The songs I liked the most were the originals by the keyboardist Tom Lawson, Bishop did most of them, but Tom sang a couple of great tunes in the style of Doctor John. Bishop is an extremely charismatic person who greets everyone with a smile, it was an amazing experience to meet him. We ended up spending a fair portion of the day together, well you know, I did actually have to work between all the fun. I think that Bishop's performance was as memorable as even the big acts that hit the main stage later. There was this completely unforgettable verifiable nuthead that was in the audience dancing right up front, silently serenading all the members of the audience and Bishop. He was wearing about three layers of pajamas and some women's clothes, peeling them off and throwing them on stage as if he were in some weird burlesque show. That didn't seem to bother Bishop at all, he was as smooth as silk singing right through the distraction, but it was obvious from the facial expressions on some people that they were uncomfortable with his antics. The rest of us got a good laugh, and probably a sigh of relief in thanks for our own sound mental health. Bishop Mayfield played a great high energy set, he dedicated his last song, "Unchain My Heart," to Ray Charles and we boogied down in his memory. Anyway, between Bishop's good graces and the crazy guy to make me laugh, the festival was off to a real good start.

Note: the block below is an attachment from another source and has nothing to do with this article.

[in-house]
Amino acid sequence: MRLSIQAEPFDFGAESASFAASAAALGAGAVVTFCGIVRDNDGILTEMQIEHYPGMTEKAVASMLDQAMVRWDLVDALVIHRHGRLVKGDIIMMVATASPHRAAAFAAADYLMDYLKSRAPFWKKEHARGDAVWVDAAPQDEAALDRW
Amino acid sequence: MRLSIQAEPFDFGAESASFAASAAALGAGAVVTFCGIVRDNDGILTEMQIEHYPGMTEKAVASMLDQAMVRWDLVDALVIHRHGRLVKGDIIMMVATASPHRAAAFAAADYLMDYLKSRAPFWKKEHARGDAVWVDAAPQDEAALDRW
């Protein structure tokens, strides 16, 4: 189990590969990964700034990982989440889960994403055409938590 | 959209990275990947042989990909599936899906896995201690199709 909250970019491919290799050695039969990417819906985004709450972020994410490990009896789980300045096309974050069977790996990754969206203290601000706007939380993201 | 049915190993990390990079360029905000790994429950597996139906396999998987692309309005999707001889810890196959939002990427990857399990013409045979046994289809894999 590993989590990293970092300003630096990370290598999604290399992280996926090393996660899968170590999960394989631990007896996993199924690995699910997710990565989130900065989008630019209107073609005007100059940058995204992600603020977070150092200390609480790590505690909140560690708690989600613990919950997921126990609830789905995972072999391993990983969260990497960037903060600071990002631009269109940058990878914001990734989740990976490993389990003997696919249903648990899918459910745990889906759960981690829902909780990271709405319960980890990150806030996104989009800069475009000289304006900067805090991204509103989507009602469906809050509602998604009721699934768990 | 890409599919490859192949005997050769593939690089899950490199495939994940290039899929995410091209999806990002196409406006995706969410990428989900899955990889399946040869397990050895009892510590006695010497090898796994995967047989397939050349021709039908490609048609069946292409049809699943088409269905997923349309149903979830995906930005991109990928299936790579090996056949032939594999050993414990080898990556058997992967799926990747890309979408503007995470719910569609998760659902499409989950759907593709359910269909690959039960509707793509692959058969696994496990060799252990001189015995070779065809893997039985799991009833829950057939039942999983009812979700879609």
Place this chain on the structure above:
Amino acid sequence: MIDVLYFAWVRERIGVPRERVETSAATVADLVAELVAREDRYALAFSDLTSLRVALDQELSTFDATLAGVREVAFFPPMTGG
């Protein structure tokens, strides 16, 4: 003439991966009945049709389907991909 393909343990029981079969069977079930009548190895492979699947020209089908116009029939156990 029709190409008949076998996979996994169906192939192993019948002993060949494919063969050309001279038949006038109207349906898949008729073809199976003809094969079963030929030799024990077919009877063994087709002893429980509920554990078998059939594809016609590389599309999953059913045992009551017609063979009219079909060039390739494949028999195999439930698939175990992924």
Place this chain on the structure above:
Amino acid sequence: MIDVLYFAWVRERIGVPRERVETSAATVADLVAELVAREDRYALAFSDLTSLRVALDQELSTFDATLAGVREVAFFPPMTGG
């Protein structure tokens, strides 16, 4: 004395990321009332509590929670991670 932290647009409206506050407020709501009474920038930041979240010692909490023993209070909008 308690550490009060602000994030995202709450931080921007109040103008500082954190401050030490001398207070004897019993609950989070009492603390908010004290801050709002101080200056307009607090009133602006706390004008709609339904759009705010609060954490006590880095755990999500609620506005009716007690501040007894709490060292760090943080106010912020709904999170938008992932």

The interview with Bishop Mayfield was cut short, which I was a little disconcerted about. Although, I didn't really have time to think about it, I had to run immediately over to the Arena (main) stage to cover Teeny Tucker. I had already missed the first part of her time slot, but it was alright because there was a "Whole Lotta Shaking Going on," by Jerry Lee Lewis playing when I came around the corner. That was all I needed to hear, Teeny was busy making fans and I snapped a shot of a couple who were already sold on  Teeny Tucker for sure. Teeny was wearing this beautiful shawl that had roses and peacock feathers in the pattern and tassles and sequins to boot. Later, when I was interviewing her, someone complimented on the outfit and she said, "I bought it here last year from one of the vendors." So, even the artist's come here to the Monterey Bay Blues festival for the food and the shopping. The next song was this smooth slow jazzy thing by Etta James, I thought that one really highlighted Teeny's talent, oozing out this sexy sultry sweet sound, you just got to hear it for yourself. Teeny was an angel, we did the interview right after her set while she was doing autographs, a very gracious woman.